January 26, 2008 – Original Source: San Francisco Chronicle
Antarctica’s massive coastal glaciers are quickly melting into the sea as the oceans around the continent grow warmer – and the pace of ice loss is speeding up.
An international satellite network measuring the thickness of the glaciers as they shrink year by year has found that the glaciers have melted so rapidly during the past 10 years that the continent is losing almost as much ice as Greenland, according to researchers gathering the satellite data.
The team from Chile, England and the Netherlands is led by Eric Rignot, a radar engineer and glacier specialist at UC Irvine and NASA’s Jet Propulsion Laboratory who has watched the shrinking glaciers and gathered data for the past 15 years from Canadian, Japanese and European polar-orbiting satellites.
Those satellites carry radar instruments that can measure the thickness of each glacier with remarkable accuracy, and they have now mapped more than 85 percent of the entire coastline of Antarctica, covering all the continent’s major glaciers.
Unlike Greenland’s coastal glaciers, where meltwater from the ice on the surface seeps down to the base of each glacier and lubricates it to speed its flow to the sea, the glaciers on Antarctica move down from the land as huge ice sheets and spread out over the ocean, where the thick glaciers are known as ice shelves.
For many years, scientists have watched some of these giant ice shelves breaking apart and crashing into the sea, and now more and more of them are melting as they move out over the ocean.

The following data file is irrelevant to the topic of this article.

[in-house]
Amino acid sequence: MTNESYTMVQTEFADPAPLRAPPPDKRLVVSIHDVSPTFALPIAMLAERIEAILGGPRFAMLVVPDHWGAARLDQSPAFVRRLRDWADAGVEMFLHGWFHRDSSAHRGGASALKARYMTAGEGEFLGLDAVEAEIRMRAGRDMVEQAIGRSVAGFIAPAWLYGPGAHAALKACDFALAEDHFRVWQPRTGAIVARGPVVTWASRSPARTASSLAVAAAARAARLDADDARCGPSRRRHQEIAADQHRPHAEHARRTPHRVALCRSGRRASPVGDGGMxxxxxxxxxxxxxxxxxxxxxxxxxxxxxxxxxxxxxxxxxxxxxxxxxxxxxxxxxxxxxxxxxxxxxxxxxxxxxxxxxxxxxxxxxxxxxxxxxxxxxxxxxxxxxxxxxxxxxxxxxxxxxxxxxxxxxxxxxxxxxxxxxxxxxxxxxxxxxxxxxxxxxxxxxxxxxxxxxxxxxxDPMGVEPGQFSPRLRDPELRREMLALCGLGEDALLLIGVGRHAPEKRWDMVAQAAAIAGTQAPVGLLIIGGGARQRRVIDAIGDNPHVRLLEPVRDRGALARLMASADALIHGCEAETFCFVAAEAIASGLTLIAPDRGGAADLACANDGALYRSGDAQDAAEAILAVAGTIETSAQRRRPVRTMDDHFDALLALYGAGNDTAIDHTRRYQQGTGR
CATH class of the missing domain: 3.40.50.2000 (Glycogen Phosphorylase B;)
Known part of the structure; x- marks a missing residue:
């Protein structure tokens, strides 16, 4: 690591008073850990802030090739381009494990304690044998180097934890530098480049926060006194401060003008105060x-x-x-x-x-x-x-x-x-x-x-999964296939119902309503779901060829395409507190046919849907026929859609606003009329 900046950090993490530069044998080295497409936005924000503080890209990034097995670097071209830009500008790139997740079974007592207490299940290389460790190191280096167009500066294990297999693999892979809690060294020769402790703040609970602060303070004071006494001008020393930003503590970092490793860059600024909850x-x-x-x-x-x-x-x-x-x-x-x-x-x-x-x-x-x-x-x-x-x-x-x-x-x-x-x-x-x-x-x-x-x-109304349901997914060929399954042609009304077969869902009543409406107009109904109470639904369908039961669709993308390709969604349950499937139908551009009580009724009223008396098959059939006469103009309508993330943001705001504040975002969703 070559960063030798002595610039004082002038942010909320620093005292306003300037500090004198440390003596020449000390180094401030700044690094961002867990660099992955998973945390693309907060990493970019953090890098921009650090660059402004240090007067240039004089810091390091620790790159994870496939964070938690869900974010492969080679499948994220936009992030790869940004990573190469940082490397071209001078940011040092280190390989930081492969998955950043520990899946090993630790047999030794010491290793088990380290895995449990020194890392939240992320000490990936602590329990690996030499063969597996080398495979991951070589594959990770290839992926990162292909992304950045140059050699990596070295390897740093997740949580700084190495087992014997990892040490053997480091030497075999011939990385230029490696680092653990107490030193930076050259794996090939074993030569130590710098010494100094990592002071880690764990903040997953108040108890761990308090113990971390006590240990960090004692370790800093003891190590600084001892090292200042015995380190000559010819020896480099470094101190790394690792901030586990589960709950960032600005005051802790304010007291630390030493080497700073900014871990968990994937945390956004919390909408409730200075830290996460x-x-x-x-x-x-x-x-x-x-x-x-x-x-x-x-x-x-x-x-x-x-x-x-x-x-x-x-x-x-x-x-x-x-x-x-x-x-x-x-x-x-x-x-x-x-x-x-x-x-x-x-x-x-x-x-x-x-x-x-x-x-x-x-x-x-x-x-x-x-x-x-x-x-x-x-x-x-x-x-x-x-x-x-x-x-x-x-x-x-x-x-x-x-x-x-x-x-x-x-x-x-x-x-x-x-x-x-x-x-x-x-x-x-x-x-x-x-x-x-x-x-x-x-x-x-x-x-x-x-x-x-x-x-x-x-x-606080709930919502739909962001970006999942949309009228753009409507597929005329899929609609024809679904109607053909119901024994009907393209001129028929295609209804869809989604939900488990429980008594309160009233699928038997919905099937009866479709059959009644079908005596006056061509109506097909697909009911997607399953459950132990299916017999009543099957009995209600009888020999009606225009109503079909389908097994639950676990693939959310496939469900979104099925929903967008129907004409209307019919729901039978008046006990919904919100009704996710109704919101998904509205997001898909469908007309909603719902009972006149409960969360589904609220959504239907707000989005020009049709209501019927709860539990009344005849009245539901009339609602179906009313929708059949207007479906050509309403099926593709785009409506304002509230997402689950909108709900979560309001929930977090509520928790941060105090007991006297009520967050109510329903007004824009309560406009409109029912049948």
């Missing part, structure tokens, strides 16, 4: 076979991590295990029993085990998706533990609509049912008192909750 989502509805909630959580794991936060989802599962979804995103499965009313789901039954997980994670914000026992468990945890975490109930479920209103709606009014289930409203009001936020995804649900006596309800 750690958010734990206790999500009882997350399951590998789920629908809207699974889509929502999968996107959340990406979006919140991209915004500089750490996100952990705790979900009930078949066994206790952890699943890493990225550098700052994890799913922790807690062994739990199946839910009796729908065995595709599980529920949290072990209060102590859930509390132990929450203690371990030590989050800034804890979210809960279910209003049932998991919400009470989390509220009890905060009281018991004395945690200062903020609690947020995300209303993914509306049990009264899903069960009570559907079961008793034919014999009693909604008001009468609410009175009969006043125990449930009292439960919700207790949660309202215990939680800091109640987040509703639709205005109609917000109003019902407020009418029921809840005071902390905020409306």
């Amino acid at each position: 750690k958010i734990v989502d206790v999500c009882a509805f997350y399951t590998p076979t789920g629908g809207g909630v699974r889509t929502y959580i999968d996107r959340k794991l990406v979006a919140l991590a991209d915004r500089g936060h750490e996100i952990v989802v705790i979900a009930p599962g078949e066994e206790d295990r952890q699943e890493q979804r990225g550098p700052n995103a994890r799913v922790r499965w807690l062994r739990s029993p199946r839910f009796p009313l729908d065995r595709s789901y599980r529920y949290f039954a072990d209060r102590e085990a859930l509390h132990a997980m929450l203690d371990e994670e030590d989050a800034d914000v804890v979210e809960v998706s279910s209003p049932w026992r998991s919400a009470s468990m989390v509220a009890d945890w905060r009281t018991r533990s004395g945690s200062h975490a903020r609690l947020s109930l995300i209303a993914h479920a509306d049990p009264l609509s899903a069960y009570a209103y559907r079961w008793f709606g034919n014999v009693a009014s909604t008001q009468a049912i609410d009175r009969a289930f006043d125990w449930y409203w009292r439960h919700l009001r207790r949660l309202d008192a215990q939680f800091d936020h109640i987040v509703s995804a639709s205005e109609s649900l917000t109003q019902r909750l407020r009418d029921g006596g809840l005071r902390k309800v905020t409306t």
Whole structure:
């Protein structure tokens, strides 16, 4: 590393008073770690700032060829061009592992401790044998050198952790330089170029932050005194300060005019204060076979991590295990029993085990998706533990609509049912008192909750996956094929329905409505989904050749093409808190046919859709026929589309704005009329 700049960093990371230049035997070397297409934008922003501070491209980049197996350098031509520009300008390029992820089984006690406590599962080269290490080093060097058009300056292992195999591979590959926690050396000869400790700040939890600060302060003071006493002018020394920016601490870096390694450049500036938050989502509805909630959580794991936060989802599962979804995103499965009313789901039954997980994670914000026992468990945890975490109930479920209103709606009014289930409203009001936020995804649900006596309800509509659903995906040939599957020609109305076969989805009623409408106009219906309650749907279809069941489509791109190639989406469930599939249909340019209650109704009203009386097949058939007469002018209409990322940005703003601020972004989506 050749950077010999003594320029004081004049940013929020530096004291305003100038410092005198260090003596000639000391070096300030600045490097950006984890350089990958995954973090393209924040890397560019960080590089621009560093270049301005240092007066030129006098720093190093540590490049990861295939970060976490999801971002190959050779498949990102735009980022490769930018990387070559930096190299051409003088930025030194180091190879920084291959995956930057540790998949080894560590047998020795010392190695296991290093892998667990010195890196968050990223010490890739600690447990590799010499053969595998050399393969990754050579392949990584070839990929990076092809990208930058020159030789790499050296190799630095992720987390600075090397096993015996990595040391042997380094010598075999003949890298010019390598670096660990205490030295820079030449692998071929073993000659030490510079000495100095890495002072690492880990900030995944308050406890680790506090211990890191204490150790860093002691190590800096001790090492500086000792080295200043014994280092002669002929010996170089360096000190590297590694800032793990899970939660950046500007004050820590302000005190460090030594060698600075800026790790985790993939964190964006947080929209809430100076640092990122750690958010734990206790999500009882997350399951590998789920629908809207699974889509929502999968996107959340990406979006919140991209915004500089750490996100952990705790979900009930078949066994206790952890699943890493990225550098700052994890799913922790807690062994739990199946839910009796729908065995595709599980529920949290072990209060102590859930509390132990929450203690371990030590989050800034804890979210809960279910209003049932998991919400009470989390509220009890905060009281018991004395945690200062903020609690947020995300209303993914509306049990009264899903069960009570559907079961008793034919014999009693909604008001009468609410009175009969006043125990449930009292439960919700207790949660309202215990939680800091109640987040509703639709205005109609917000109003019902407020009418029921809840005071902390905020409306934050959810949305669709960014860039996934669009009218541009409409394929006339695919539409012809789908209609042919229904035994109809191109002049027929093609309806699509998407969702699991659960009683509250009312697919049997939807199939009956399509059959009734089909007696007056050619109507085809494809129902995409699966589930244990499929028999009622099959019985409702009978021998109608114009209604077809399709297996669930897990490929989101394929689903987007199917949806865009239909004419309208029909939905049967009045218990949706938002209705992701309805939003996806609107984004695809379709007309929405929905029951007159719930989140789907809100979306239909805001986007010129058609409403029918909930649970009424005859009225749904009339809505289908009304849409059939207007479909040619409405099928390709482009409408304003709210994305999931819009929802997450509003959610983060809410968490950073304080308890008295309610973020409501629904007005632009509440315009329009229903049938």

The cause: Antarctic waters like the Bellingshausen and Amundsen seas are warming, and as their water temperatures rise they melt the undersides of the ice sheets so the sheets become thinner and the seas intrude farther and farther inland – to melt still more of the ice, Rignot explained in a phone interview.
Although the effect of all this ice loss on global sea levels is still small – measured in a rise of only a few thousands of an inch each year so far from the melting in Antarctica – that increase has nearly doubled in the past 10 years, he estimated.
“We’re concerned that the rate of glacier melting will double rapidly,” Rignot said.
Ice loss is most pronounced in Antarctica’s Pine Island Bay region, where three major glaciers are losing ice fast, and on the northern tip of the Antarctic Peninsula, Rignot and his colleagues reported.
Glaciers in those two regions alone lost about 212 billion tons of ice from 1996 to 2006 – an amount very similar to the total loss of ice on Greenland, Rignot and his team calculated.
The east coast of the Antarctic Peninsula is where two major ice shelves – called Larsen A and Larsen B – disintegrated in 1995 and 2002. Those immense events were among the most convincing early signals that global warming is real and dangerous.
The researchers calculated the increase in mass of the glaciers as snow has piled up on them, and compared those numbers with the losses due to melting into the sea. The calculations yield what Rignot and his colleagues term the “ice sheet mass balance,” and the overall result is increasingly negative, they report.
“Large uncertainties remain in predicting Antarctica’s future contribution to sea level rise,” Rignot said.
“The ice sheets are responding faster to climate change than (anyone) anticipated,” he said.